This deck was printed by the Vereinigte Stralsunder Spielkarten fabriken from Stralsund and published as "Salon Karte Nr 61". The courts have the Salon "house" pattern. This pattern has been published with a few different sets of accompanying aces, but not often seen is this set of Dutch scenic aces. Some of them present "new" views, some the familiar buildings, but seen from a different angle.

This deck was also printed by the Vereinigte Stralsunder Spielkarten fabriken, but published as "Salonkaart Nr 1000A". The courts have the Salon "house" pattern, but here with a different set of b/w Dutch scenic aces. The text on the box is all in Dutch, so this deck was specially made for the Dutch market as a Bezique deck, 32 cards and a 6 of hearts as extra card.
But there's another difference between the deck above and this deck: the above was printed in chromolithography and this deck in offset.

 

 

Both decks here below were printed by F.X. Schmid from Munich. The first one dates from the mid to late 1960's. The courts have the Rhineland pattern, with the makers name on the Jack of Clubs. The set of aces is illustrated with photo's of different Dutch cities. The Belgian maker Van Genechten had already tried to introduce a set of b/w photographic aces with their cards, but F.X. Schmid also found out that the Dutch players didn't appreciate b/w photographic aces. Around 1970 F.X. Schmid introduced a set of aces, with drawn versions of the photo's and in colour.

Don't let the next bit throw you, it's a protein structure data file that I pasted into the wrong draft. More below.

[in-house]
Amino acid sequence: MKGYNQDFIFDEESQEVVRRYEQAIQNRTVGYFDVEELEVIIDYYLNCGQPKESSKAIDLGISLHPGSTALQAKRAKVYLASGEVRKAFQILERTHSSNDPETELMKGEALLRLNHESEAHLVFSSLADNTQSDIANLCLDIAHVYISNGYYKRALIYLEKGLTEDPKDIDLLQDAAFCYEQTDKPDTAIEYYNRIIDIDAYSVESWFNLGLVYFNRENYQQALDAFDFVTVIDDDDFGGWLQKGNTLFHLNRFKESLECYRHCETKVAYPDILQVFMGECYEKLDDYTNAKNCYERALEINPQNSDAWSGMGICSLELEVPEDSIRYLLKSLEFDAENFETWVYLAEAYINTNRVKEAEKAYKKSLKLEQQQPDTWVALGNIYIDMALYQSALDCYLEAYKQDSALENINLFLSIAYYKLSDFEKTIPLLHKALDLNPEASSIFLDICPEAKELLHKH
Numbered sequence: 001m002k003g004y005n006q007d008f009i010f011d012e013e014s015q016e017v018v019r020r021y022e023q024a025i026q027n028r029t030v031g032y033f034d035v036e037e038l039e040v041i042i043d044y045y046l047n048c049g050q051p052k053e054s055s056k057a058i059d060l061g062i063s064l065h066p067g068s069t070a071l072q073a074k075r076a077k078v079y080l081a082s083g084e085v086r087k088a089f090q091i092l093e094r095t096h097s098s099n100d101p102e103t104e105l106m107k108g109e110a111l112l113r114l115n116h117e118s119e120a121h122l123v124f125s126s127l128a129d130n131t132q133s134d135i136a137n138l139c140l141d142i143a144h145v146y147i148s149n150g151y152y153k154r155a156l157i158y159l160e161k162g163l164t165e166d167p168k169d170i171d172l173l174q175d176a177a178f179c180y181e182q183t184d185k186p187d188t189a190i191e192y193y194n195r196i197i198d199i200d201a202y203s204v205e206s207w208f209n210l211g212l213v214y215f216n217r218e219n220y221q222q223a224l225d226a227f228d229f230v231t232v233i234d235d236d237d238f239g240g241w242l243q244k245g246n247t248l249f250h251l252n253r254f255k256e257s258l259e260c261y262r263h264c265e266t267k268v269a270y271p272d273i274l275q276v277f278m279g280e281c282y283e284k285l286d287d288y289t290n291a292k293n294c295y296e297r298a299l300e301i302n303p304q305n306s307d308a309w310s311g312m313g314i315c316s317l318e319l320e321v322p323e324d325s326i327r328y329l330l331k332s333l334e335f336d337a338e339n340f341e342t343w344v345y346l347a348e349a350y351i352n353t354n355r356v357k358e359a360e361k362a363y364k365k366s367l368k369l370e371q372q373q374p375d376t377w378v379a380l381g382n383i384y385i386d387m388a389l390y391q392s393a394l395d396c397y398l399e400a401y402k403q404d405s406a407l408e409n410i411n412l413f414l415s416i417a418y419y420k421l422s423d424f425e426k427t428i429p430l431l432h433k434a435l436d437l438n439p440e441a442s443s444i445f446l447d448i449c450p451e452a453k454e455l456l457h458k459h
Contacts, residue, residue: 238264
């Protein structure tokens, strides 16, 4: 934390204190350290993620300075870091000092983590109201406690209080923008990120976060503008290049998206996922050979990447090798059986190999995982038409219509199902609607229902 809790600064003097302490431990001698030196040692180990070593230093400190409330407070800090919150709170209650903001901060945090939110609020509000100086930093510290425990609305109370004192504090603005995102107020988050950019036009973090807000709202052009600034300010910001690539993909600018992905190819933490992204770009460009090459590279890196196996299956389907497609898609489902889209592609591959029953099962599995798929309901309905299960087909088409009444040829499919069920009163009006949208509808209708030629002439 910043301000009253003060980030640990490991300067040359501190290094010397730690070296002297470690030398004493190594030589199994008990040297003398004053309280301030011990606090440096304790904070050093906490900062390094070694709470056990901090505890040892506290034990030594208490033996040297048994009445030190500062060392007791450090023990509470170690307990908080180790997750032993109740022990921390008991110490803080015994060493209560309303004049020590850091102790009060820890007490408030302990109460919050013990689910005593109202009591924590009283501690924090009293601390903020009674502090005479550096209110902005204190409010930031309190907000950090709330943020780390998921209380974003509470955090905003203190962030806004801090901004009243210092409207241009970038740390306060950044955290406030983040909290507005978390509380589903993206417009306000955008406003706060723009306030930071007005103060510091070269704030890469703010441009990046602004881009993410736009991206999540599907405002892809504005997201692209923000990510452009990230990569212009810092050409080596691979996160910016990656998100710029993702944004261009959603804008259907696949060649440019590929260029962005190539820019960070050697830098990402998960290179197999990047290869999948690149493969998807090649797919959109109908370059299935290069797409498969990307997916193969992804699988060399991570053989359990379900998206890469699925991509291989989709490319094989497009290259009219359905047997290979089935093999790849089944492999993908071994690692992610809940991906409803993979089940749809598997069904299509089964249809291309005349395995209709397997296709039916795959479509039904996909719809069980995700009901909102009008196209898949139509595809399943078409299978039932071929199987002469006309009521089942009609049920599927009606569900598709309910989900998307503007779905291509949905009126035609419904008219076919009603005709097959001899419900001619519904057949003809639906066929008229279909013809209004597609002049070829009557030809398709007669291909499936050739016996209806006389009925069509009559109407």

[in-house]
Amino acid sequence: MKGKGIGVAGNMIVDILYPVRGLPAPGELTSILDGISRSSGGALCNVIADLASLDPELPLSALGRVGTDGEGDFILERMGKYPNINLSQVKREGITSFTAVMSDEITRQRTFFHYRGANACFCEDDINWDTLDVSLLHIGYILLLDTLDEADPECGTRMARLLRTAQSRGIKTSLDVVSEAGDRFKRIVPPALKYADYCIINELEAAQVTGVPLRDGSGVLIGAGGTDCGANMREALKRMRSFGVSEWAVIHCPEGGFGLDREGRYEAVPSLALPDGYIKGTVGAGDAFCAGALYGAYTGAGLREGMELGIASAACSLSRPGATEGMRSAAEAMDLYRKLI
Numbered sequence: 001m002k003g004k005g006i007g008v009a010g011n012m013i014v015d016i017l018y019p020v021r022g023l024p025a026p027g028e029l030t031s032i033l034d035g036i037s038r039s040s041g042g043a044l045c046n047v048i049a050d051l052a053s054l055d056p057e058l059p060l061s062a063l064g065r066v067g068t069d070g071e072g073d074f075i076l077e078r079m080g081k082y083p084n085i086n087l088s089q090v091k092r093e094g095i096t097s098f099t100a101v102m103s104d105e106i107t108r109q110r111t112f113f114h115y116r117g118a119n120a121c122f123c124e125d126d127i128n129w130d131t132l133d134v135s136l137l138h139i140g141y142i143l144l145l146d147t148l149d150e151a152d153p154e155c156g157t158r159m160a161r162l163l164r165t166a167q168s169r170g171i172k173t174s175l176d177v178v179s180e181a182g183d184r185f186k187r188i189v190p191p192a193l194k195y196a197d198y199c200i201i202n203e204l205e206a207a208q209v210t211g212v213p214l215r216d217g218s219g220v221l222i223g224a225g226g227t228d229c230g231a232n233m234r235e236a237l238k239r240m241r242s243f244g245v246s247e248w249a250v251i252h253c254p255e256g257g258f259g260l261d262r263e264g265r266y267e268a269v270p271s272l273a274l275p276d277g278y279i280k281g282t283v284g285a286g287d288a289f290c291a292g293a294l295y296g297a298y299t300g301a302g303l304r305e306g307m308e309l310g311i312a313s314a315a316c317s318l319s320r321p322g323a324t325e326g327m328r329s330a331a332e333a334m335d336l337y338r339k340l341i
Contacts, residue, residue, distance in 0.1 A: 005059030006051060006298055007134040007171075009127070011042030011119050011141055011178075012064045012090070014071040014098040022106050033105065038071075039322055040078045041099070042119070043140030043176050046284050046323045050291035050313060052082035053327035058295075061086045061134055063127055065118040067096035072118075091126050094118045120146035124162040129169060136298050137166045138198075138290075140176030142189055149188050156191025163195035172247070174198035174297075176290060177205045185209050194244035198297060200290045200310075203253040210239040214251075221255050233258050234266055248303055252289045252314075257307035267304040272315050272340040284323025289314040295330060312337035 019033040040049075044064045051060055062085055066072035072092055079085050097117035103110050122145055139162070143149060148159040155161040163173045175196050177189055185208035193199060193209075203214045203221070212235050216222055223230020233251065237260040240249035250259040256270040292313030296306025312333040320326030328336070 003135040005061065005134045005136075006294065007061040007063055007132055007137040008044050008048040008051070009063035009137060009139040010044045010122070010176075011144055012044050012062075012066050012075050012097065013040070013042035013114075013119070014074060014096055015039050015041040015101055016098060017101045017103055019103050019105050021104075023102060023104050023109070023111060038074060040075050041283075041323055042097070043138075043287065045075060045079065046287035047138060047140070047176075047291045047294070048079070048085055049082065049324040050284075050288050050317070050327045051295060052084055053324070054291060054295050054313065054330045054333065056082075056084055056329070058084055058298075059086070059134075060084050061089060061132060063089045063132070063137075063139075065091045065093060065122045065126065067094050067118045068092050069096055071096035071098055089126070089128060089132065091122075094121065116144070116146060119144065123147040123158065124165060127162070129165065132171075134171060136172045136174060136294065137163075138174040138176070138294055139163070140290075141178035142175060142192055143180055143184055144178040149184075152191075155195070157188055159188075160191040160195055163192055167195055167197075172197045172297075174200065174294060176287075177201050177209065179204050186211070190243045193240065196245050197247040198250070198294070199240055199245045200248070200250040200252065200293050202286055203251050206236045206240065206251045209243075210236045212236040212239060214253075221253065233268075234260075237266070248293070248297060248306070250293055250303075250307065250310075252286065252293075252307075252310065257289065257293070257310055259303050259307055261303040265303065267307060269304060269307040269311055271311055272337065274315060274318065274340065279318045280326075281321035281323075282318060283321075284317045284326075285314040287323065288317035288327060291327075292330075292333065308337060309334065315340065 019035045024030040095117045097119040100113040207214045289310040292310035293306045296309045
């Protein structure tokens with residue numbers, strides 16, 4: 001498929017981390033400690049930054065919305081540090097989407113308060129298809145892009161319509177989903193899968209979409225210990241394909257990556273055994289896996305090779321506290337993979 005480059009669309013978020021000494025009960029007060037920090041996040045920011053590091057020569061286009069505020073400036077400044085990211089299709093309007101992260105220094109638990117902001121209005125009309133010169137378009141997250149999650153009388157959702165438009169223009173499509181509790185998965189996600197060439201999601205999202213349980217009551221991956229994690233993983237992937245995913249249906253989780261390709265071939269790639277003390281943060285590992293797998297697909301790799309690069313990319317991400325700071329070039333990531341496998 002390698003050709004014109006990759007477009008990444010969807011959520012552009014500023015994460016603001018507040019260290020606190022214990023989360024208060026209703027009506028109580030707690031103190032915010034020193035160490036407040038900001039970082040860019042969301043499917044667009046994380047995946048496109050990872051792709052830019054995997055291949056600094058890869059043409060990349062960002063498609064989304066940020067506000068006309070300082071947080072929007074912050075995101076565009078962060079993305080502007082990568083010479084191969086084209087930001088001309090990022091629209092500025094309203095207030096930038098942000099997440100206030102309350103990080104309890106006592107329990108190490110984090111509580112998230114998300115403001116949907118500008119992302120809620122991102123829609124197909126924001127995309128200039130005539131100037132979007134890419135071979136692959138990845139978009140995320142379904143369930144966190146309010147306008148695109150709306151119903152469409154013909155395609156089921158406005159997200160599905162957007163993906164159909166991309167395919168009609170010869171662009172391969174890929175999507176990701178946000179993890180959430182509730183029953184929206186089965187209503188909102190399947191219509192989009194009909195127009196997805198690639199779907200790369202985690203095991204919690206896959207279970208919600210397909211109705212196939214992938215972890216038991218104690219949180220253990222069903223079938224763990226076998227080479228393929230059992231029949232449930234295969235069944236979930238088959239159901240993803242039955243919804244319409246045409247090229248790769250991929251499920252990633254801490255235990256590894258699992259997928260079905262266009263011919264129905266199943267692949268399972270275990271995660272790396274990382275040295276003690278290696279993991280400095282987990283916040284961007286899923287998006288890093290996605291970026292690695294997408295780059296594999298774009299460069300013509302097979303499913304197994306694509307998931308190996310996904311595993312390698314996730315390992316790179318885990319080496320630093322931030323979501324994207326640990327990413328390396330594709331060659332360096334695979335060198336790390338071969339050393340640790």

On the Kings the "K" is used as indicator. In Dutch "King" is translated as "Koning". Dutch players use the name of "koning" as well as "heer" for the Kings, but on playing cards usually the letter "H" is used as indicator for the King. The commonly used indices in Dutch packs are H (heer =gentleman), V (vrouw = woman) and B (boer = farmer). The "K" is not often used. Although we have a royal family and only a small minority of republicans in our country, our indices would suggest otherwise.
The decks above have German indices (K,D,B), which the Dutch players translated as Koning, Dame (=lady) and Boer. Because the Dutch have had to play with imported cards from Belgium and Germany during many decades, all these names or a mixture of them may be heard at a card table.

       

On the Ace of Clubs (top) the "Waterpoort" (Watergate) of Sneek is depicted. Sneek is a town in the province of Frisia, that is on the borders of a lake, named after this town. In previous centuries the transportation of goods and persons was also conducted by boat. Just like in other towns, this gate functioned as an entrance gate, used to keep an eye on everything and everybody that entered or left the city.

The makers name is no longer on the Jack of Clubs, but their logo is printed on the 7 of Hearts.

 

previous or next